ABET honored each of these societies as examples of “best practices” in diversity enhancement. Also, the member societies were encouraged to assist ABET in the future implementation of its diversity program. “Before the end of the decade,” the Industry Council said, “the United States is expected to see almost 2 million new employment opportunities created in the engineering and scientific disciplines.

Our future depends on unleashing the potential of all our employees, everywhere, and committed leadership is the key to doing that,” said Jim Owens, CEO of Caterpillar, Inc. Focusing on diversity is not just the right thing to do, he said, but it’s also good for business. “Diversity is no longer a mere display of altruism or political correctness,” said the Industry Council.

Diversity related papers and presentations from ABET’s annual meeting may be found in their entirety at Other references may be found at,,, and

Wendy J.W. Straight
Professional Land Surveyor; e-mail:

Book Review – “The Natural Advantage of Nations"

by Leonie Newnham, Australia

Click picture for bigger format.A new book has been published titled "The Natural Advantage of Nations" (Business Opportunities, Innovation and Governance in the 21st Century), edited by Karlson 'Charlie' Hargroves & Michael H. Smith. It comes out of the Natural Edge Project and is an Australian follow on from 'Natural Capitalism Creating the Next Industrial Revolution' by Amory and Hunter Lovins & P Hawken. It deals with how sustainability can be used to promote innovation and positive change across organisations and government.

I have been to a presentation given by some of the contributors to this book and found it inspiring as the editors were young professionals who got together to talk about sustainability issues and found that they were frustrated at not ‘doing’. So they did by contacting key people in the field of sustainability and this book is the result. There is a web site with more details and attached is a summary written by someone from one of Australia’s premier scientific organisations.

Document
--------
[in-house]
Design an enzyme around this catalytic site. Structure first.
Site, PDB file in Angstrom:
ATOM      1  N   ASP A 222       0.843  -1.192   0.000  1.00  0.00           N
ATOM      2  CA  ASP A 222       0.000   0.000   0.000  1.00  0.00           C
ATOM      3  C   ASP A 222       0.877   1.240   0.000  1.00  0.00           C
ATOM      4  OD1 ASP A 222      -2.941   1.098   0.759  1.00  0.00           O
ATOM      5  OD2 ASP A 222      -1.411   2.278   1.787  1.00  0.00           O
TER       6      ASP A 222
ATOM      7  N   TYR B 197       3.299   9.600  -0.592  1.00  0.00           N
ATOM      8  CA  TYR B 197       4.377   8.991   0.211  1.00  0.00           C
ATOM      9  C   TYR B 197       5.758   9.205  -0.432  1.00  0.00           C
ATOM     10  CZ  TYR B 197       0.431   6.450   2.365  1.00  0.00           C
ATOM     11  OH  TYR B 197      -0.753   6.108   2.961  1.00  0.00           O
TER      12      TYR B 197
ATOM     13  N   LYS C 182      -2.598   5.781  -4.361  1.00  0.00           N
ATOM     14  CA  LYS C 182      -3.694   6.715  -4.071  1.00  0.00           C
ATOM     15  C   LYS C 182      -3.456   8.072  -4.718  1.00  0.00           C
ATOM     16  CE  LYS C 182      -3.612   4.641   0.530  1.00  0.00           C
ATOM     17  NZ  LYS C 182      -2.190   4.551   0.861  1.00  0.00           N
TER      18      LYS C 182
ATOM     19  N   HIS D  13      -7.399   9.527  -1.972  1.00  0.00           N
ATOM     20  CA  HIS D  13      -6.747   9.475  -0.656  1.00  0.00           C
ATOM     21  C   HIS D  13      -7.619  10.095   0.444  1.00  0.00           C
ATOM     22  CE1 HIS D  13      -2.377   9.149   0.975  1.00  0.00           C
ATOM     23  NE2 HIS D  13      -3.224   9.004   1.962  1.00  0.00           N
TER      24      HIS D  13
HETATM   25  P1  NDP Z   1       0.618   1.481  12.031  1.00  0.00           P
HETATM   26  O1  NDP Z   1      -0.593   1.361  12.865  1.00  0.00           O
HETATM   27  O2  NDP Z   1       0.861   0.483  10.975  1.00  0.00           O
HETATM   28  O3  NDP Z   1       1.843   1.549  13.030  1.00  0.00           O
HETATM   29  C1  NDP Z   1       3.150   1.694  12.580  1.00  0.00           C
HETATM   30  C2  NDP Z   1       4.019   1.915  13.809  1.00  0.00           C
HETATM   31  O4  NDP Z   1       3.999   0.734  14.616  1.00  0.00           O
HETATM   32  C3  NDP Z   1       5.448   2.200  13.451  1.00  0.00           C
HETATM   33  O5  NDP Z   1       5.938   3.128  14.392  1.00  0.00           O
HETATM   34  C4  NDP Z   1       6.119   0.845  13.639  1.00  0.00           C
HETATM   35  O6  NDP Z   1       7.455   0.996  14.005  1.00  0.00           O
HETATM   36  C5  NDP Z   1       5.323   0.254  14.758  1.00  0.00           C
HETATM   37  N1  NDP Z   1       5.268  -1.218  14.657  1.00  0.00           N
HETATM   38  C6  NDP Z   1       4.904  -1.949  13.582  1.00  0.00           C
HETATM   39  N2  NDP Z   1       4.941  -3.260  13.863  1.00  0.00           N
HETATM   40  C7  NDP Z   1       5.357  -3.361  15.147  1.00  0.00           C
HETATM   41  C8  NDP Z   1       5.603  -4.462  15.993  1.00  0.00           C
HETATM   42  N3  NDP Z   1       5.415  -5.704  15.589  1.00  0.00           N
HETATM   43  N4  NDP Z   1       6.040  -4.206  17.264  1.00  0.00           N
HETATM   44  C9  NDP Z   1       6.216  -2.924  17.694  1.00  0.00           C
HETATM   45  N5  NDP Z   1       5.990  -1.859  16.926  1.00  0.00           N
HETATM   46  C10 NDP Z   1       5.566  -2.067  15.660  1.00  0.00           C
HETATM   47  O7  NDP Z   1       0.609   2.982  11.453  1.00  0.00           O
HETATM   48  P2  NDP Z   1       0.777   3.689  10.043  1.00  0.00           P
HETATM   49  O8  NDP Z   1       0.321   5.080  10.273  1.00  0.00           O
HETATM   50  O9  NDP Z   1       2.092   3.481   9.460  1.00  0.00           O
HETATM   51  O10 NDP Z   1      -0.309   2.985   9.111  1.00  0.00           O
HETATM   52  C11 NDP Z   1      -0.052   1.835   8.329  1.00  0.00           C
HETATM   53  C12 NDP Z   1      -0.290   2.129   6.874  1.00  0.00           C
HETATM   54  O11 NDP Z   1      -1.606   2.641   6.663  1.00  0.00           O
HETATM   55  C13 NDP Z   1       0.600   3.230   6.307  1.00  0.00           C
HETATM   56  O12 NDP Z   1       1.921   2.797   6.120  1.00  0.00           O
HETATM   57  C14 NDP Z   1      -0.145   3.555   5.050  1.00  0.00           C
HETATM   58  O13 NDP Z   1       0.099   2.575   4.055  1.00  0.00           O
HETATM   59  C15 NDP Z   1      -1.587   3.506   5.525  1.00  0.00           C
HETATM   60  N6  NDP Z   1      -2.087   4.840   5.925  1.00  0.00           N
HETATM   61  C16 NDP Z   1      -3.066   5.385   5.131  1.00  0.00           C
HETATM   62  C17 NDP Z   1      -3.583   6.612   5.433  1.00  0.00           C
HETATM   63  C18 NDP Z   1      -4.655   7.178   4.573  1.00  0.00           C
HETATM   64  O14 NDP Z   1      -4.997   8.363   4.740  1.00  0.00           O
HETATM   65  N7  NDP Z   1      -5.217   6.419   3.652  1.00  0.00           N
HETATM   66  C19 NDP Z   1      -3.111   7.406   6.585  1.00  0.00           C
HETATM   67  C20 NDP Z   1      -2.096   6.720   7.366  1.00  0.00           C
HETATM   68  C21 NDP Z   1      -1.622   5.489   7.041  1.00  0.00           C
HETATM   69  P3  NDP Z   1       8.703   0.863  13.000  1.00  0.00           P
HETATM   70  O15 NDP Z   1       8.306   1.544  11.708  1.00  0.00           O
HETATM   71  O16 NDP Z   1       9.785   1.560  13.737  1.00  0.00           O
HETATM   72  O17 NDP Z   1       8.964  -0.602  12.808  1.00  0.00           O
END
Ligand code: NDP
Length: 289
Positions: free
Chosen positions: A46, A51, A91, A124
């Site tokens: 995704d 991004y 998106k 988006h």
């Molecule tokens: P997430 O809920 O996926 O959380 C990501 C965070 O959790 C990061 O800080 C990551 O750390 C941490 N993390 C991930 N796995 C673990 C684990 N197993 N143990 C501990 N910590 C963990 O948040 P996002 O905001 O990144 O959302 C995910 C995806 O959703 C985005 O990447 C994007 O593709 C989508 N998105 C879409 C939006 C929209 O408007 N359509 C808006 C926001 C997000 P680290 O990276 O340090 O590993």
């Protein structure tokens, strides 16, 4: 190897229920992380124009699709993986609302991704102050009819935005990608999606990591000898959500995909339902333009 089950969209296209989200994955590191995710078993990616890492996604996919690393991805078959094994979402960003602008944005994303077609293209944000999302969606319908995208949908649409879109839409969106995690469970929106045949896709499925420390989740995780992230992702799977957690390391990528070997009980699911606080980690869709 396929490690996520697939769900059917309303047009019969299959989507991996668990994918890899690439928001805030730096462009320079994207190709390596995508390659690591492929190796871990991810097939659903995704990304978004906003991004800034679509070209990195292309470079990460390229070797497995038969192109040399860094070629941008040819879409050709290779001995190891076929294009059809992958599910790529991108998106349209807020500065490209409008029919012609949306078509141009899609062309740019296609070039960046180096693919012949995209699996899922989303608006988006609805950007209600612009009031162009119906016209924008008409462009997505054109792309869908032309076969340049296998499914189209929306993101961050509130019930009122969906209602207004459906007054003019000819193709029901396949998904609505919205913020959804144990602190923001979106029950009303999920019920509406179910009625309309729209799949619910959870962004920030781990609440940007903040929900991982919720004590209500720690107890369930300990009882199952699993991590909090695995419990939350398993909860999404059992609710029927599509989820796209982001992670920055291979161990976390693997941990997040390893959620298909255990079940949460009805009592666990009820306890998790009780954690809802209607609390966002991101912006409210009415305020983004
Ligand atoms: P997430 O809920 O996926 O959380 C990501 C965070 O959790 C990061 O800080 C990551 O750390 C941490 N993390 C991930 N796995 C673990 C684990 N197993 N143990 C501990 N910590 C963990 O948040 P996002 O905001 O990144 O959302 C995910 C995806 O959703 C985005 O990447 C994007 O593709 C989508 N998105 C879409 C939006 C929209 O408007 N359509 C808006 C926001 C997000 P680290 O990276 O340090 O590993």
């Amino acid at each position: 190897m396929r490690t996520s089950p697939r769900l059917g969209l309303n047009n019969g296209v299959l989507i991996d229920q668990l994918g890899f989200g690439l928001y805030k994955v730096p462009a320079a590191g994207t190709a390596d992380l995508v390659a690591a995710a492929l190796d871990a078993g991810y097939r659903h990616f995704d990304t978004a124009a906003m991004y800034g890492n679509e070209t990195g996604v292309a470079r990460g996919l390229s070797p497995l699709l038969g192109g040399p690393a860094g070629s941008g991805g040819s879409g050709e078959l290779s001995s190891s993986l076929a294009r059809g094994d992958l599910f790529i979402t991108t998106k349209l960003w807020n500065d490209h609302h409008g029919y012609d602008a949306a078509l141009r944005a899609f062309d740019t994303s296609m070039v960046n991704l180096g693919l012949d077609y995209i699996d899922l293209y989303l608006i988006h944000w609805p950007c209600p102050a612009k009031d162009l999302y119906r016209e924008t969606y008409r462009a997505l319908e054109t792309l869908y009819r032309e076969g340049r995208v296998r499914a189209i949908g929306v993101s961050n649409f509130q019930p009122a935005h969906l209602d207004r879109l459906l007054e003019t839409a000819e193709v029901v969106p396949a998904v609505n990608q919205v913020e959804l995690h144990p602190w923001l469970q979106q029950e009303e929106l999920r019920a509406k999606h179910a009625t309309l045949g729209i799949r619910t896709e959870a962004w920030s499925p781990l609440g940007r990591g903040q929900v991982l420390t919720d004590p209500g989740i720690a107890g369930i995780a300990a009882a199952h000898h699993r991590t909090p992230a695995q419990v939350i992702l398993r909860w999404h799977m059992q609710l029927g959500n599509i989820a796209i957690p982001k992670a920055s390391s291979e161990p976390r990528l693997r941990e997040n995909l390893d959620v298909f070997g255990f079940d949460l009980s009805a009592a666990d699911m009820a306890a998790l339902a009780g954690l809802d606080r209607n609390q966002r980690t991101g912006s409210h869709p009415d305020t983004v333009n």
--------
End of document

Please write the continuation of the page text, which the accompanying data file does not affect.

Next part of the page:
The Natural Advantage of Nations promises to be a work of inspiring impact, bringing together as it does leading thinkers from business, economics, technology, innovation and the environment to tackle the major challenge of the 21st Century -sustainability.
The book is built upon the premise that achievement of sustainability rests upon cooperation across business, government and civil society. It is widely understood that we must shift towards a sustainable future, and increasingly it is agreed that in order to do so we must move beyond rhetoric and into hard-edged, pragmatic forward steps.
This book is a vital contribution to that forward movement, and I commend it to you.
Dr Steve Morton, Group Chair, Environment and Natural Resources, CSIRO

Editor: Chair of the Joint Commission Working Group on Under-represented Groups in Surveying
Ms. Gabriele Dasse, Kleinfeld 22 a, D-21149 Hamburg, Germany

3/05, month of issue: July

© Copyright 2005 Gabriele Dasse.
Permission is granted to photocopy in limited quantity for educational purposes.
Other requests to photocopy or otherwise reproduce material in this newsletter should be addressed to the Editor.